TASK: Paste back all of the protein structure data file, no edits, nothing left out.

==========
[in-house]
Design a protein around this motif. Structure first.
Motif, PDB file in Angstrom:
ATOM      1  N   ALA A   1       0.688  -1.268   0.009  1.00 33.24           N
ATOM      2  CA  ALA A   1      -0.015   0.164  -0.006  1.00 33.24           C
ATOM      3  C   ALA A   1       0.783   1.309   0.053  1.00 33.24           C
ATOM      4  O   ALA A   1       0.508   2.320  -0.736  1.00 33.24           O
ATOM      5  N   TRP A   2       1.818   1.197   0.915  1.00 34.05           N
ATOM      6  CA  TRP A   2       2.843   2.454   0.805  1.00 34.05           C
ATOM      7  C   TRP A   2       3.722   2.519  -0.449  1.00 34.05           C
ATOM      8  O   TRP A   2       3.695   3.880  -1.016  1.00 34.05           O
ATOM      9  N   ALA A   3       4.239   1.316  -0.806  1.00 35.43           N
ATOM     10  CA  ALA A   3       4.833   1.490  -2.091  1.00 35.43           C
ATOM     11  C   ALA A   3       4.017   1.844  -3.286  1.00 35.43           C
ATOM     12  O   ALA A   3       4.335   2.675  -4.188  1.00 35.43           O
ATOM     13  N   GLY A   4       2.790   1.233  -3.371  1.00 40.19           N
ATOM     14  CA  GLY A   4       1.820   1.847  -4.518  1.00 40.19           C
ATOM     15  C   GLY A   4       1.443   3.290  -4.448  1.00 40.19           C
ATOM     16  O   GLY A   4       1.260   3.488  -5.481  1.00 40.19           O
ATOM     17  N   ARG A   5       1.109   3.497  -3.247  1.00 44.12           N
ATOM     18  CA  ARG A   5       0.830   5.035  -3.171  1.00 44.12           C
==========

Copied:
[in-house]
Design a protein around this motif. Structure first.
Motif, PDB file in Angstrom:
ATOM      1  N   ALA A   1       0.688  -1.268   0.009  1.00 33.24           N
ATOM      2  CA  ALA A   1      -0.015   0.164  -0.006  1.00 33.24           C
ATOM      3  C   ALA A   1       0.783   1.309   0.053  1.00 33.24           C
ATOM      4  O   ALA A   1       0.508   2.320  -0.736  1.00 33.24           O
ATOM      5  N   TRP A   2       1.818   1.197   0.915  1.00 34.05           N
ATOM      6  CA  TRP A   2       2.843   2.454   0.805  1.00 34.05           C
ATOM      7  C   TRP A   2       3.722   2.519  -0.449  1.00 34.05           C
ATOM      8  O   TRP A   2       3.695   3.880  -1.016  1.00 34.05           O
ATOM      9  N   ALA A   3       4.239   1.316  -0.806  1.00 35.43           N
ATOM     10  CA  ALA A   3       4.833   1.490  -2.091  1.00 35.43           C
ATOM     11  C   ALA A   3       4.017   1.844  -3.286  1.00 35.43           C
ATOM     12  O   ALA A   3       4.335   2.675  -4.188  1.00 35.43           O
ATOM     13  N   GLY A   4       2.790   1.233  -3.371  1.00 40.19           N
ATOM     14  CA  GLY A   4       1.820   1.847  -4.518  1.00 40.19           C
ATOM     15  C   GLY A   4       1.443   3.290  -4.448  1.00 40.19           C
ATOM     16  O   GLY A   4       1.260   3.488  -5.481  1.00 40.19           O
ATOM     17  N   ARG A   5       1.109   3.497  -3.247  1.00 44.12           N
ATOM     18  CA  ARG A   5       0.830   5.035  -3.171  1.00 44.12           C